said he thought that the debate the other night would have been sufficient to reassure the right hon. Gentleman to some degree that at any rate with regard to ships of the "Dreadnought" type we were at the present moment, with ships actually launched in the water and ships on the stocks, in a position of unquestionable superiority.
§ MR. LAMBERT
asked whether it did not follow that if this country was in a position of unquestionable superiority now, it could not, with its unequalled capacity for shipbuilding, build at any rate, as fast as any foreign Power. The Admiralty could not consent to rule out the "Lord Nelson" and the "Agamemnon." These ships would not be commissioned until April.
§ MR. LAMBERT
said he was not a naval expert, but, in the opinion of the Admiralty, these ships had good fighting qualities.
§ MR. LAMBERT
thought they would be able to give a good account of themselves. He might point out to the Leader of the Opposition that the hon. Member for King's Lynn had spoken very highly of these ships. The right hon. Gentleman was quite ready to quote the hon. Member for King's Lynn when it 1183 suited his purpose, but he did not quote the same hon. Member's opinion in regard to ships of the "Lord Nelson" and "Agamemnon" type as compared with "Dreadnought." It was said the other day that Germany had six of these big ships on the stocks. This country had seven in the water and three on the stocks. Surely that showed that at the present moment we were in a position of unquestionable superiority; and, being in that position, did it not follow that if it were required we could at least compete in building with any of our foreign neighbours? The right hon. Gentleman calculated that Germany, with only six ships now on the stocks, would have thirteen ships fully commissioned by the end of 1911, if certain contingencies happened. He could not give the opinion of the Admiralty on such a point. It could only be a hypothetical opinion. But even supposing the right hon. Gentleman's estimate of the strength of the German Navy at the end of 1911 were accepted, it would mean that Germany would complete thirteen armoured ships within three years and four months. He thought that was a complete reply to the alarm of the right hon. Gentleman.
§ MR. BELLAIRS
Is the hon. Gentleman aware that the figures of the Leader of the Opposition are really the figures of the Secretary to the Admiralty?
§ MR. LAMBERT
said he would deal with his hon. friend later. The right hon. Gentleman had also attacked the Admiralty on the question of destroyers. He could only repeat what had already been said, that, in the opinion of their expert advisers at the Admiralty, the number of destroyers to be laid down the year was ample for the country's needs. The right hon. Gentleman had said that they ought to have foreseen the slackness in construction. But he was not sure there had been any slackness this year. The Secretary to the Admiralty had shown they were spending this year a very large sum, greater in proportion to other years, on new construction.
§ MR. AUSTEN CHAMBERLAIN (Worcestershire, E.)
said that the Secretary to 1184 the Admiralty drew a distinction between the new construction and the new programme. On new construction less was being spent this year than in any past year. It was in regard to the new programme that the Secretary to the Admiralty gave figures to show that a little more was being spent.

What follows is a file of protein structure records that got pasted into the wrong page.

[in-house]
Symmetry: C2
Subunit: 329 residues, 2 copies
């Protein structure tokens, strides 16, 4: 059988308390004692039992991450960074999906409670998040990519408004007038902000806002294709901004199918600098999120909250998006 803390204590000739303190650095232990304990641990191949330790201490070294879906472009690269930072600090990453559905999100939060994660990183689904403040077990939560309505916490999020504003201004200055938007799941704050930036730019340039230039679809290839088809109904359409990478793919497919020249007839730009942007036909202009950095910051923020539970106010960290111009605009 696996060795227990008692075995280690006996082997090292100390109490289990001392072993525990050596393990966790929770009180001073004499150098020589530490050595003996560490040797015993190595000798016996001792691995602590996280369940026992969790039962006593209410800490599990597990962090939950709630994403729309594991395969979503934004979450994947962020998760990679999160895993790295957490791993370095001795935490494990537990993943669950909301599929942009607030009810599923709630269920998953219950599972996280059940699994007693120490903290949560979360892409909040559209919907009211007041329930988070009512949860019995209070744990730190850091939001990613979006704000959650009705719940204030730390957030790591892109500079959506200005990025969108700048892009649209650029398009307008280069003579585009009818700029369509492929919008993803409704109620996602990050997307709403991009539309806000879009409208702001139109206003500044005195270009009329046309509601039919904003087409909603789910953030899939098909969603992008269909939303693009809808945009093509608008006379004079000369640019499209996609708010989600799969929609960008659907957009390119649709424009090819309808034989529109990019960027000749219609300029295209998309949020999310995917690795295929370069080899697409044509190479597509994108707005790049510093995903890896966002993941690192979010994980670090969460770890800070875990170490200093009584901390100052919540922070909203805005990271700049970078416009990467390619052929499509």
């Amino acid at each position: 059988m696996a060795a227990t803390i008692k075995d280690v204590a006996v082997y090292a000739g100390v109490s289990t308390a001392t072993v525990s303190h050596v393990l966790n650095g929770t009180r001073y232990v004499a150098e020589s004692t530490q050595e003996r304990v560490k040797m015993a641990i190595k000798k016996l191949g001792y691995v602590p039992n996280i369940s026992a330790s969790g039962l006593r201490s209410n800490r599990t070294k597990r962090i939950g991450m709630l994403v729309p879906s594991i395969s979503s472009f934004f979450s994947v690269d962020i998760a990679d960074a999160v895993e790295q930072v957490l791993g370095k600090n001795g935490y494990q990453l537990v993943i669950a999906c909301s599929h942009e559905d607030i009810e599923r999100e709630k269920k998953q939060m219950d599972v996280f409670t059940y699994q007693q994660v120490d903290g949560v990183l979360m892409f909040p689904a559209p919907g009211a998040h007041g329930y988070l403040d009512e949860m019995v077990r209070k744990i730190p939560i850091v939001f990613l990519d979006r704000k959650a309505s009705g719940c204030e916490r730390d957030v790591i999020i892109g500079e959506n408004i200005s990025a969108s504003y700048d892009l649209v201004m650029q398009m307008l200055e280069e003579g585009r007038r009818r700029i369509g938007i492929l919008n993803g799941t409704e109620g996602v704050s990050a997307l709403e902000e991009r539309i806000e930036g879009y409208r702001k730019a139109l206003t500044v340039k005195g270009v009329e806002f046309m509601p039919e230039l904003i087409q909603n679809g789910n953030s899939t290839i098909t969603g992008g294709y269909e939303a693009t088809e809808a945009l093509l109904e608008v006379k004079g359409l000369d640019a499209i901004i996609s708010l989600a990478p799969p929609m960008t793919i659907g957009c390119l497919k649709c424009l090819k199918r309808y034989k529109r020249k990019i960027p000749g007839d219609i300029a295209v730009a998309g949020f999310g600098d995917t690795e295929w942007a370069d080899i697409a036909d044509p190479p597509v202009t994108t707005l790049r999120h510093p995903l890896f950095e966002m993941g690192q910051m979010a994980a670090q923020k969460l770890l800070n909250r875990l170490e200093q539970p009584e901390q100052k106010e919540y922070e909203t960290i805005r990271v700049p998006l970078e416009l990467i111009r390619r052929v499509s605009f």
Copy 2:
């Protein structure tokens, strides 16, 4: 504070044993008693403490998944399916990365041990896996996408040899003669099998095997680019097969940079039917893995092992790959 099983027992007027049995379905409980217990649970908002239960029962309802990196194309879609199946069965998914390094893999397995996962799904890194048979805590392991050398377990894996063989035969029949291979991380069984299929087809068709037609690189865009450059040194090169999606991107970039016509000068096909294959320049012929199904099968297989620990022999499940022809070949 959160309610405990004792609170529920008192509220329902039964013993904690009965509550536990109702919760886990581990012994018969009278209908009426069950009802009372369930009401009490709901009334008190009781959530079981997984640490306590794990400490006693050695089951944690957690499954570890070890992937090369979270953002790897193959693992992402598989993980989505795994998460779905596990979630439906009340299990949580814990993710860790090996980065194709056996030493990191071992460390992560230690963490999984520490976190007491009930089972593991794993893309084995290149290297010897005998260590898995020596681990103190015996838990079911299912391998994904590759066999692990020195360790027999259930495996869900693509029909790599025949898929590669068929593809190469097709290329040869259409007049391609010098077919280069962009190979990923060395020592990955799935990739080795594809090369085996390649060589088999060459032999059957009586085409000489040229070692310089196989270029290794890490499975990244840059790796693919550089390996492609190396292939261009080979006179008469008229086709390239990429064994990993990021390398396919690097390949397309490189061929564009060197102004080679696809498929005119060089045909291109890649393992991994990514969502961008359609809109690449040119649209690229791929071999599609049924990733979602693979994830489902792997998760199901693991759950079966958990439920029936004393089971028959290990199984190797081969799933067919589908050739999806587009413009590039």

§ MR. LAMBERT
said he had the figures showing the amount we were spending on the new programme, but surely if he said that we were spending as much as the advisers of the Admiralty considered it advisable to spend that ought to be enough. There were really so many naval experts in the House, there were so many ways of manipulating figures, that he regarded it as very difficult indeed to reply to the different calculations and combinations of calculations that were made from the benches opposite. The right hon. Gentleman opposite had said that the Government ought to go on faster with Rosyth, but he must know that a great engineering work involving an expenditure of £3,000,000 must take a certain amount of time in connection with the placing of contracts, getting the particulars of the borings and the information which was necessarily incidental before the work could be economically and profitably started. He wished to say a word about the right hon. Gentleman's criticism of the Home Fleet. The right hon. Gentleman had said that of the battleships at Portsmouth two out of three were not fit to be instantly sent to sea. That was a mistake. The "Canopus" would be completed at the end of April, the "Jupiter" and the "Prince George" were completed. The hon. Member for the Fareham Division had attacked the Admiralty rather severely on the question of repairs of the Home Fleet. If hon. Members wanted accurate information he would ask them to give notice of the exact points they wished to know about in regard to the disposition of the ships. There was hardly a man he believed in the Admiralty who could tell off-hand where the ships were and what they were doing.
§ MR. ARTHUR LEE
I made a statement as to the position of certain ships, and the hon. Gentleman went out of his way to deny the truth of my statement. I pointed out that the figures he gave were not accurate.
§ MR. LAMBERT
said he had to get the information on the spur of the moment from the advisers of the Admiralty as to the battleships instantly ready at the Nore, and he gave the hon. Gentleman the information given to him by those officials. He left the House to judge whether these officials would be right or the hon. Gentleman. He thought the officials were right.